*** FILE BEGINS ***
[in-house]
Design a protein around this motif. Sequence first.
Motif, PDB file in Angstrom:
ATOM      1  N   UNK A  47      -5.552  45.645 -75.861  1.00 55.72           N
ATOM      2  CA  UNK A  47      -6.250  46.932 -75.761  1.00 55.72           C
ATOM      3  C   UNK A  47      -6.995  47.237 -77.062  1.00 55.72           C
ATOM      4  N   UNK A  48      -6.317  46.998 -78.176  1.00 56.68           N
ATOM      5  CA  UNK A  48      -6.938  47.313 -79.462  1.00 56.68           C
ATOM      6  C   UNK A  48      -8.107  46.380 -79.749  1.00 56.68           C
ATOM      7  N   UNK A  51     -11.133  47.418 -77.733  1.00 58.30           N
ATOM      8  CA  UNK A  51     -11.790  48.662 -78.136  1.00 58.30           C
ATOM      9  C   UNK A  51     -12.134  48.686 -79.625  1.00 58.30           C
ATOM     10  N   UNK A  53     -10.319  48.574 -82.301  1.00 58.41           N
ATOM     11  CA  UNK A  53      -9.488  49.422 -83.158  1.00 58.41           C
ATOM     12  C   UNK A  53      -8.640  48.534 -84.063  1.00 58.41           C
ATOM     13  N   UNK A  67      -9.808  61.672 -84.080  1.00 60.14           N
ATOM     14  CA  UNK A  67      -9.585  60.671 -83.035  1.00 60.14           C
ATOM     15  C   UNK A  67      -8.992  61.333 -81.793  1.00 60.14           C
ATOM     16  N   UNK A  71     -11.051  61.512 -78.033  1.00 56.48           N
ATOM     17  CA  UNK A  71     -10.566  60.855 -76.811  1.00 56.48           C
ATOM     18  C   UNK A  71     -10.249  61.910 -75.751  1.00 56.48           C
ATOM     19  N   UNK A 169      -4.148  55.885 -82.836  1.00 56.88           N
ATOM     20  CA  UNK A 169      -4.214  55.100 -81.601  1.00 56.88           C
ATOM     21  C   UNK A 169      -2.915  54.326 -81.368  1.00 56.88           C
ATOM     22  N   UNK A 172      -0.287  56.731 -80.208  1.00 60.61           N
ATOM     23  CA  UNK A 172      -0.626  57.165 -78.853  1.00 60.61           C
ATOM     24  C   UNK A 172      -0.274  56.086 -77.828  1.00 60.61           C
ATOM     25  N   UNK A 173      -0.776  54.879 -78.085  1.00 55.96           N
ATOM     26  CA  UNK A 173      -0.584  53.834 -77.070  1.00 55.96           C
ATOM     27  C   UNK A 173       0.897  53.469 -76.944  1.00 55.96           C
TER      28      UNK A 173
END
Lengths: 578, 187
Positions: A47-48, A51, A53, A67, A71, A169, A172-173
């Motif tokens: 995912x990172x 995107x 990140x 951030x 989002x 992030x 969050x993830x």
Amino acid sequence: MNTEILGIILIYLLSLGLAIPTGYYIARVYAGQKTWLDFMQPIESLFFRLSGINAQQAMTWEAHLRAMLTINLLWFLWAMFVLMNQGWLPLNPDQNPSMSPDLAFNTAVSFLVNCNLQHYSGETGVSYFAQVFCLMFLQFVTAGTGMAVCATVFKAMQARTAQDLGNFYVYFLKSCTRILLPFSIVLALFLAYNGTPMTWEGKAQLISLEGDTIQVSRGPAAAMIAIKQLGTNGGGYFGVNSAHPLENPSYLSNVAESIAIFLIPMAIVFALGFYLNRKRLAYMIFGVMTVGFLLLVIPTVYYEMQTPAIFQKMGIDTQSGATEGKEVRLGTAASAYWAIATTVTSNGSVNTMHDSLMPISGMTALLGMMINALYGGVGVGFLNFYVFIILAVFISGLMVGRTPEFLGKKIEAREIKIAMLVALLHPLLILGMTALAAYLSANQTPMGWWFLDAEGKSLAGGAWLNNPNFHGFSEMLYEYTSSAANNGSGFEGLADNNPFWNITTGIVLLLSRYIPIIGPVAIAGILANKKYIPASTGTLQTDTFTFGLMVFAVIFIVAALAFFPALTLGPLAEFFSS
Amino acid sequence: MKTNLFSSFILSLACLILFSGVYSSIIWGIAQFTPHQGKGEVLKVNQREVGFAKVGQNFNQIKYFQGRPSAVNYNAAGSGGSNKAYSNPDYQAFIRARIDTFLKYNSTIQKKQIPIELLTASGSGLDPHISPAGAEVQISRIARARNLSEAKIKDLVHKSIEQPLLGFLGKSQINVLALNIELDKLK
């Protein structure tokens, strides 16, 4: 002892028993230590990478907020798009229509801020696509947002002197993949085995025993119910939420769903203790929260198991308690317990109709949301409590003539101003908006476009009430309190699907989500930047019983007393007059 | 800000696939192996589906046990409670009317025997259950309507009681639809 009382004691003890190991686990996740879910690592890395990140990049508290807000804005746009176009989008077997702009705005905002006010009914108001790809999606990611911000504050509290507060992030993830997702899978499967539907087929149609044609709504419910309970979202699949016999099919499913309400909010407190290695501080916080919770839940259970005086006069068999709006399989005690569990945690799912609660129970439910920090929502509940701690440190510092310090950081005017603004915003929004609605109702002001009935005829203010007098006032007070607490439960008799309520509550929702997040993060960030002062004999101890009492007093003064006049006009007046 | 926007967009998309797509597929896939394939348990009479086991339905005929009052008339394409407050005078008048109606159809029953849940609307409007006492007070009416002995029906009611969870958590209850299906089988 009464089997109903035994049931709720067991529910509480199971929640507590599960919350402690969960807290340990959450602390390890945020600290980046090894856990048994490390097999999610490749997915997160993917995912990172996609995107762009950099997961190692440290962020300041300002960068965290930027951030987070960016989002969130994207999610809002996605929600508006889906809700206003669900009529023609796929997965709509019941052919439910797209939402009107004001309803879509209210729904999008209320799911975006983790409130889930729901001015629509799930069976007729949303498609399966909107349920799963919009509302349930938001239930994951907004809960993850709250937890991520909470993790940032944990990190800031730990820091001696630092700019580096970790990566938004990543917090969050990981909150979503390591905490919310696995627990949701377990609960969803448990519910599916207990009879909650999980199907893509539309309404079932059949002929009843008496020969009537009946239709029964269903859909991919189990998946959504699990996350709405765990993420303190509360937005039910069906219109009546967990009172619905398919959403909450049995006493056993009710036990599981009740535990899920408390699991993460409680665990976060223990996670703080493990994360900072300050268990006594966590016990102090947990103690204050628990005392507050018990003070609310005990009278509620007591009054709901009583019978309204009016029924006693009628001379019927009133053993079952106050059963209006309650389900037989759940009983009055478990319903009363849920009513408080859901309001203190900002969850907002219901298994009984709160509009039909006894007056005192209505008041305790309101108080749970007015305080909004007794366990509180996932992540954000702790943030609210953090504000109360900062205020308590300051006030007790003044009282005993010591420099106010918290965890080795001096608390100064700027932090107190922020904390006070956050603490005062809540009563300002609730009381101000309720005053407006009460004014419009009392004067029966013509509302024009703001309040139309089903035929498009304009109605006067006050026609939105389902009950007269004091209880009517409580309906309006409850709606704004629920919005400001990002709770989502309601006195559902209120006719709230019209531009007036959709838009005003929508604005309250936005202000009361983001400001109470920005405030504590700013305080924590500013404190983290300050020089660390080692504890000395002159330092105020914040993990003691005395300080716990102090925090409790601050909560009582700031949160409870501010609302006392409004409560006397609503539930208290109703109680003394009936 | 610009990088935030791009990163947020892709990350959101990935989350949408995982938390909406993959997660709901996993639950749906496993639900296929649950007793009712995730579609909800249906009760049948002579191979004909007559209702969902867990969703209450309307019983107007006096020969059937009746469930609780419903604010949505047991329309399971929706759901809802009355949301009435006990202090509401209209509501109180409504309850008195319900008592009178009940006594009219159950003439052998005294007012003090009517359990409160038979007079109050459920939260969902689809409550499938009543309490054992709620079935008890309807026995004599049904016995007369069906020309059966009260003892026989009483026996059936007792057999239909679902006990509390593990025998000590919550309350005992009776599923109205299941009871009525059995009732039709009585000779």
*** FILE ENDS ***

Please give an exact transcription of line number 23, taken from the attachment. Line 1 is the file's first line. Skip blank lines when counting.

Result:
ATOM     20  CA  UNK A 169      -4.214  55.100 -81.601  1.00 56.88           C